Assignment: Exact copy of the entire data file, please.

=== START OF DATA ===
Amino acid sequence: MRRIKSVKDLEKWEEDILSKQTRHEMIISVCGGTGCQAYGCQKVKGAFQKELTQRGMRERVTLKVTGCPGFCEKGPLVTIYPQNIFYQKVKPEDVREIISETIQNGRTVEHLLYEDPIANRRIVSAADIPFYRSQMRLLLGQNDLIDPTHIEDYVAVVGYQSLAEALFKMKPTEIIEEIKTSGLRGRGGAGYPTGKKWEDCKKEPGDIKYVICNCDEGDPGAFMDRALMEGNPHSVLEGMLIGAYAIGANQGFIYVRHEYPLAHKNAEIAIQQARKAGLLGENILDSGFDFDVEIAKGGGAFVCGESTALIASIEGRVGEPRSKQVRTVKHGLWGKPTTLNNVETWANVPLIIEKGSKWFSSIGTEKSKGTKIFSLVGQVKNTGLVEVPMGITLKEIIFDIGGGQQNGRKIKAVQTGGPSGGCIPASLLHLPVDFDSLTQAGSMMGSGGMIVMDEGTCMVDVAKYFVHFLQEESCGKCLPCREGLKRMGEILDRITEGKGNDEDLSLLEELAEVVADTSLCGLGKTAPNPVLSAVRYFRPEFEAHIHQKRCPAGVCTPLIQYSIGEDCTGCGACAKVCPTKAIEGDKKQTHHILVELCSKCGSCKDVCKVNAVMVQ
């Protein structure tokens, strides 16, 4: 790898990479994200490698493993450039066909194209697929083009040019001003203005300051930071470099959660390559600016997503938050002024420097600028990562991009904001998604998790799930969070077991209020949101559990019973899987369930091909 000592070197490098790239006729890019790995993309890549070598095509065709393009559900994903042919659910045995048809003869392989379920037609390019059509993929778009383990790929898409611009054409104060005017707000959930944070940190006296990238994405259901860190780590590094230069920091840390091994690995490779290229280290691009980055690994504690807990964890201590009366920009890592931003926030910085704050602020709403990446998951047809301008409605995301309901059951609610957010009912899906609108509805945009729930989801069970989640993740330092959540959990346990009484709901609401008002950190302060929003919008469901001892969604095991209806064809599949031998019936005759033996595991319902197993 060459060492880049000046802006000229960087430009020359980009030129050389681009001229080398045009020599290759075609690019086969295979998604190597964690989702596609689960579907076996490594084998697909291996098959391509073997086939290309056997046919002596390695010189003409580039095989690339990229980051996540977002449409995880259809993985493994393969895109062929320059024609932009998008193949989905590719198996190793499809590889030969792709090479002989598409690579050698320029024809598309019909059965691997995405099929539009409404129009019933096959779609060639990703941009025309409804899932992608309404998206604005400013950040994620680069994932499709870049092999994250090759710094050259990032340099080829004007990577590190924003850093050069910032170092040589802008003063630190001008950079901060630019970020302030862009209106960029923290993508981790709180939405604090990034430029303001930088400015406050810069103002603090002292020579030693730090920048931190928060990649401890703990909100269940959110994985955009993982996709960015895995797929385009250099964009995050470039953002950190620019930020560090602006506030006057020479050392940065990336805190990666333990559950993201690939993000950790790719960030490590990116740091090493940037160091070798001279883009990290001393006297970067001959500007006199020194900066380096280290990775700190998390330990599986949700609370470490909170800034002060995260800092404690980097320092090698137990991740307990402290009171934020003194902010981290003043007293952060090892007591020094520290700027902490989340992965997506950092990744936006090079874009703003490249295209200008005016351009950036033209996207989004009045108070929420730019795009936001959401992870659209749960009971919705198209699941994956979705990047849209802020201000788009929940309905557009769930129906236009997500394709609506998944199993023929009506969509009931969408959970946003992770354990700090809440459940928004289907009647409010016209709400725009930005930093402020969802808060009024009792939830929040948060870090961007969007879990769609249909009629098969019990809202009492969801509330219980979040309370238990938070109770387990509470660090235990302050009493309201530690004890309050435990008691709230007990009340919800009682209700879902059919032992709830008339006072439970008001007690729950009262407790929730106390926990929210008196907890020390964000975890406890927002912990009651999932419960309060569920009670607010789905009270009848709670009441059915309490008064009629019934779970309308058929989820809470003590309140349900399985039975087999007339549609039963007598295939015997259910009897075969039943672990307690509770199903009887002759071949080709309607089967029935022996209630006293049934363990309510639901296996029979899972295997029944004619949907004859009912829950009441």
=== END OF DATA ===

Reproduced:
Amino acid sequence: MRRIKSVKDLEKWEEDILSKQTRHEMIISVCGGTGCQAYGCQKVKGAFQKELTQRGMRERVTLKVTGCPGFCEKGPLVTIYPQNIFYQKVKPEDVREIISETIQNGRTVEHLLYEDPIANRRIVSAADIPFYRSQMRLLLGQNDLIDPTHIEDYVAVVGYQSLAEALFKMKPTEIIEEIKTSGLRGRGGAGYPTGKKWEDCKKEPGDIKYVICNCDEGDPGAFMDRALMEGNPHSVLEGMLIGAYAIGANQGFIYVRHEYPLAHKNAEIAIQQARKAGLLGENILDSGFDFDVEIAKGGGAFVCGESTALIASIEGRVGEPRSKQVRTVKHGLWGKPTTLNNVETWANVPLIIEKGSKWFSSIGTEKSKGTKIFSLVGQVKNTGLVEVPMGITLKEIIFDIGGGQQNGRKIKAVQTGGPSGGCIPASLLHLPVDFDSLTQAGSMMGSGGMIVMDEGTCMVDVAKYFVHFLQEESCGKCLPCREGLKRMGEILDRITEGKGNDEDLSLLEELAEVVADTSLCGLGKTAPNPVLSAVRYFRPEFEAHIHQKRCPAGVCTPLIQYSIGEDCTGCGACAKVCPTKAIEGDKKQTHHILVELCSKCGSCKDVCKVNAVMVQ
């Protein structure tokens, strides 16, 4: 790898990479994200490698493993450039066909194209697929083009040019001003203005300051930071470099959660390559600016997503938050002024420097600028990562991009904001998604998790799930969070077991209020949101559990019973899987369930091909 000592070197490098790239006729890019790995993309890549070598095509065709393009559900994903042919659910045995048809003869392989379920037609390019059509993929778009383990790929898409611009054409104060005017707000959930944070940190006296990238994405259901860190780590590094230069920091840390091994690995490779290229280290691009980055690994504690807990964890201590009366920009890592931003926030910085704050602020709403990446998951047809301008409605995301309901059951609610957010009912899906609108509805945009729930989801069970989640993740330092959540959990346990009484709901609401008002950190302060929003919008469901001892969604095991209806064809599949031998019936005759033996595991319902197993 060459060492880049000046802006000229960087430009020359980009030129050389681009001229080398045009020599290759075609690019086969295979998604190597964690989702596609689960579907076996490594084998697909291996098959391509073997086939290309056997046919002596390695010189003409580039095989690339990229980051996540977002449409995880259809993985493994393969895109062929320059024609932009998008193949989905590719198996190793499809590889030969792709090479002989598409690579050698320029024809598309019909059965691997995405099929539009409404129009019933096959779609060639990703941009025309409804899932992608309404998206604005400013950040994620680069994932499709870049092999994250090759710094050259990032340099080829004007990577590190924003850093050069910032170092040589802008003063630190001008950079901060630019970020302030862009209106960029923290993508981790709180939405604090990034430029303001930088400015406050810069103002603090002292020579030693730090920048931190928060990649401890703990909100269940959110994985955009993982996709960015895995797929385009250099964009995050470039953002950190620019930020560090602006506030006057020479050392940065990336805190990666333990559950993201690939993000950790790719960030490590990116740091090493940037160091070798001279883009990290001393006297970067001959500007006199020194900066380096280290990775700190998390330990599986949700609370470490909170800034002060995260800092404690980097320092090698137990991740307990402290009171934020003194902010981290003043007293952060090892007591020094520290700027902490989340992965997506950092990744936006090079874009703003490249295209200008005016351009950036033209996207989004009045108070929420730019795009936001959401992870659209749960009971919705198209699941994956979705990047849209802020201000788009929940309905557009769930129906236009997500394709609506998944199993023929009506969509009931969408959970946003992770354990700090809440459940928004289907009647409010016209709400725009930005930093402020969802808060009024009792939830929040948060870090961007969007879990769609249909009629098969019990809202009492969801509330219980979040309370238990938070109770387990509470660090235990302050009493309201530690004890309050435990008691709230007990009340919800009682209700879902059919032992709830008339006072439970008001007690729950009262407790929730106390926990929210008196907890020390964000975890406890927002912990009651999932419960309060569920009670607010789905009270009848709670009441059915309490008064009629019934779970309308058929989820809470003590309140349900399985039975087999007339549609039963007598295939015997259910009897075969039943672990307690509770199903009887002759071949080709309607089967029935022996209630006293049934363990309510639901296996029979899972295997029944004619949907004859009912829950009441």